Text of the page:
Prove that $x = 2$ is the unique solution to $3^x + 4^x = 5^x$ where $x \in \mathbb{R}$ [duplicate]

Yesterday, my uncle asked me this question:

Prove that $x = 2$ is the unique solution to $3^x + 4^x = 5^x$ where $x \in \mathbb{R}$.

How can we do this? Note that this is not a diophantine equation since $x \in \mathbb{R}$ if you are thinking about Fermat's Last Theorem.

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marked as duplicate by Parth Kohli, Pedro Tamaroff♦, Dominic Michaelis, L.G., Lord_FarinMay 23 '13 at 17:21

@AdiDani: Can you rephrase that please? –  Parth Kohli Jan 7 '13 at 13:15
@DumbCow I've just suggested an edit that does this. Typically $n$ is reserved for use representing natural numbers, and $x$ represents reals. –  apnorton Jan 7 '13 at 13:17
@anorton: Yes, I realized that. Thanks. –  Parth Kohli Jan 7 '13 at 13:17

For all $x_j>x_i$ and $0<a<1$, $a^{x_i}>a^{x_j}$ .

Hence \begin{align} \left(\frac{3}{5}\right)^{x} + \left(\frac{4}{5}\right)^{x} - 1 < \left(\frac{3}{5}\right)^{2} + \left(\frac{4}{5}\right)^{2} - 1 = 0 \end{align}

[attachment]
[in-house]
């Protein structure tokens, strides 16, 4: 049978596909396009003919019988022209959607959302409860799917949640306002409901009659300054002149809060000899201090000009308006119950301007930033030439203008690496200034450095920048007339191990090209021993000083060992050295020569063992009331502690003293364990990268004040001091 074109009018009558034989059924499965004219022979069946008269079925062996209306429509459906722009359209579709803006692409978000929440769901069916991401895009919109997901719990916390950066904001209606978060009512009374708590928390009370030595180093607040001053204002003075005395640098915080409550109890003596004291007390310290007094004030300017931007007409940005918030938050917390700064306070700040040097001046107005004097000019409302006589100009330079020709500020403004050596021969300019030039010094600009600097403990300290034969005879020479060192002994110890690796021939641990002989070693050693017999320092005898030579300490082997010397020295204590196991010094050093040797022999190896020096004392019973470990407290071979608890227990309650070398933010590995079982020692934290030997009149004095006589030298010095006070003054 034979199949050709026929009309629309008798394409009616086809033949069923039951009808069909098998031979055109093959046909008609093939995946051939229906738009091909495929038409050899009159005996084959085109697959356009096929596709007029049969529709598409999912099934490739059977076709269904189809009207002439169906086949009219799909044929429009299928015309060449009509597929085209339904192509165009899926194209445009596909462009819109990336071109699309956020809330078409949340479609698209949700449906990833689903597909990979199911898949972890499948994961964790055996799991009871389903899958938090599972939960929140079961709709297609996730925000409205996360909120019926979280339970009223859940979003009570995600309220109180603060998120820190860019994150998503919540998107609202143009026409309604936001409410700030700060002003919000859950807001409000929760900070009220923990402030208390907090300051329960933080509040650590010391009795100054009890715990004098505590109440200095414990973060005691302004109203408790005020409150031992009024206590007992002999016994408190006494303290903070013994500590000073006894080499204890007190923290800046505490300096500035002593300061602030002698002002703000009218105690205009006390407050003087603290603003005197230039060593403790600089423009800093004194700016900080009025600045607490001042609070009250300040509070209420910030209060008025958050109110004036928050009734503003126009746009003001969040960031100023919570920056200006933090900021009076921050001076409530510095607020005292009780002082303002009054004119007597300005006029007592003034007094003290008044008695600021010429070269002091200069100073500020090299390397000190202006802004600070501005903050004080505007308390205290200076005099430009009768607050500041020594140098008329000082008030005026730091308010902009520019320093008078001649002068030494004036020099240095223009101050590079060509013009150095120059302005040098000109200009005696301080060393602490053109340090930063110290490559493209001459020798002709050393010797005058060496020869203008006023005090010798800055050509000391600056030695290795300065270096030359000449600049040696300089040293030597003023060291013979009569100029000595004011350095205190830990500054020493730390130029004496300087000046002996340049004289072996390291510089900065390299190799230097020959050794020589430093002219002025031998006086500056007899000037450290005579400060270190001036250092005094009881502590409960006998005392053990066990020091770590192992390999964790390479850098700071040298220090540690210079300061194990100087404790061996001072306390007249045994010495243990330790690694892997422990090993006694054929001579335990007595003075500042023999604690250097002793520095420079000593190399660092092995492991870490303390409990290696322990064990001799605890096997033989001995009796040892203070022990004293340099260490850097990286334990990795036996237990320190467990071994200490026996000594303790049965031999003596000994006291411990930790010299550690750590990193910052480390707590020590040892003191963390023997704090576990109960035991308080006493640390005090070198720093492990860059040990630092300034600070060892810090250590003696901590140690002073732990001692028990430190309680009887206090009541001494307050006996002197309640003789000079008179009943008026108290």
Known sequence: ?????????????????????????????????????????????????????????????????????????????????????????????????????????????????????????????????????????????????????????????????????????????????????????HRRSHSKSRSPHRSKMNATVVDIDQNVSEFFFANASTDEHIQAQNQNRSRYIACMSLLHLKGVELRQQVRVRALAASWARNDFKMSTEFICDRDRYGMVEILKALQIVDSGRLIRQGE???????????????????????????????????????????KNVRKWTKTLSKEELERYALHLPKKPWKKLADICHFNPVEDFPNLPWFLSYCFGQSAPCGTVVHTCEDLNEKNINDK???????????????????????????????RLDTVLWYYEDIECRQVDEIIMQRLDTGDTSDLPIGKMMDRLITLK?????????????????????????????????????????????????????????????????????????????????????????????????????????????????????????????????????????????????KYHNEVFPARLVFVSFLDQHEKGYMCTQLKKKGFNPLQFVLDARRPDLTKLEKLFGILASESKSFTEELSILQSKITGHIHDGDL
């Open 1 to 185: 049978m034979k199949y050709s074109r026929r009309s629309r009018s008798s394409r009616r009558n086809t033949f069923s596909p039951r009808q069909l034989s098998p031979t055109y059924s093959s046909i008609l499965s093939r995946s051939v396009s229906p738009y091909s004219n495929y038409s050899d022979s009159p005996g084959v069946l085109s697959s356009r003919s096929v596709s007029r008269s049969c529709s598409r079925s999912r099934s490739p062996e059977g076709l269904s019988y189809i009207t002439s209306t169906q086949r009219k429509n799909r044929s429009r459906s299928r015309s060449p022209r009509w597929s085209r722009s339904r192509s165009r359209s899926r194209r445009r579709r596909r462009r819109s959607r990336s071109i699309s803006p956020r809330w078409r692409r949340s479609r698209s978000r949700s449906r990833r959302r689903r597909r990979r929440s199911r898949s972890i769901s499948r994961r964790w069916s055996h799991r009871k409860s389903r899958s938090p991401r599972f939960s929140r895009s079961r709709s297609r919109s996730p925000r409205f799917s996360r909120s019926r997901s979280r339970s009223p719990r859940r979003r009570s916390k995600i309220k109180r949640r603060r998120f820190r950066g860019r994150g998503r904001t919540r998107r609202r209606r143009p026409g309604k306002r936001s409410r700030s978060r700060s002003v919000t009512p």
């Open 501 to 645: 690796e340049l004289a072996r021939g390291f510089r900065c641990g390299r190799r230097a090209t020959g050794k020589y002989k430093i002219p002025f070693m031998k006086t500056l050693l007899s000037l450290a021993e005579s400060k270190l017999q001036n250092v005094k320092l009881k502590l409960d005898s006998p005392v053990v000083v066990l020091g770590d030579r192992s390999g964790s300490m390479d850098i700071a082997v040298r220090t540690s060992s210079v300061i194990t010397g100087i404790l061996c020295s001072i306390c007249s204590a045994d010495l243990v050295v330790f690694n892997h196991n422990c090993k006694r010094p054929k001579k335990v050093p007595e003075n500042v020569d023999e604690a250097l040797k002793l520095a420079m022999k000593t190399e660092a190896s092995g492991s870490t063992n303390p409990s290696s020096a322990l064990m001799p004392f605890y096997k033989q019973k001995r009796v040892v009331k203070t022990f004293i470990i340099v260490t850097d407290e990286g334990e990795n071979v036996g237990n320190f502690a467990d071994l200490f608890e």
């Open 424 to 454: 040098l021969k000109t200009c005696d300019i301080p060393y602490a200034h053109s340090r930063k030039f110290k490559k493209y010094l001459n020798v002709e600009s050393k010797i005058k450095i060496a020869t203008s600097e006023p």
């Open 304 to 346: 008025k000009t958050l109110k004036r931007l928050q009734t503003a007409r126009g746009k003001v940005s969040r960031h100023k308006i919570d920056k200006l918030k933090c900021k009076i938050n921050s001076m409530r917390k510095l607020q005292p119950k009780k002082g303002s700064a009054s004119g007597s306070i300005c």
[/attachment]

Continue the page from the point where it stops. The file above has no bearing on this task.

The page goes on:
for all $x>2$. Hence, there is no solution for $x>2$.

Similarly \begin{align} \left(\frac{3}{5}\right)^{x} + \left(\frac{4}{5}\right)^{x} - 1 > \left(\frac{3}{5}\right)^{2} + \left(\frac{4}{5}\right)^{2} - 1 =0 \end{align}

for all $x<2$.

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$$f(x) = \left(\dfrac{3}{5}\right)^x + \left(\dfrac{4}{5}\right)^x -1$$

$$f^ \prime(x) < 0\;\forall x \in \mathbb R\tag{1}$$

$f(2) =0$. If there are two zeros of $f(x)$, then by Rolle's theorem $f^\prime(x)$ will have a zero which is a contradiction to $(1)$.

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isn't Rolle's Theorem much stronger than what we need –  dirty derwin Jan 7 '13 at 13:21

Let $f(x)=5^x-4^x-3^x$. Then $f(2)=0$.

If $k>0$, then

$f(2+k)=f(2+k)-f(2)$

$=25(5^k-1)-16(4^k-1)-9(3^k-1)$

$>25(5^k-1)-16(5^k-1)-9(5^k-1)=0$.

If $k<0$, then

$f(2+k)=f(2+k)-f(2)$

$=25(5^k-1)-16(4^k-1)-9(3^k-1)$

$<25(5^k-1)-16(5^k-1)-9(5^k-1)=0$.

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One looks for roots of the function $f:x\mapsto a^x+1-b^x$ with $a=\frac34$ and $b=\frac54$.

• Since $a\lt1$, the function $x\mapsto a^x$ is decreasing.
• Since $b\gt1$, the function $x\mapsto b^x$ is increasing.
• Hence the function $f$ is decreasing.
• And $f(\pm\infty)=\mp\infty$.

As such, the function $f$ has exactly one root. Since $f(0)=1$ this root is positive.

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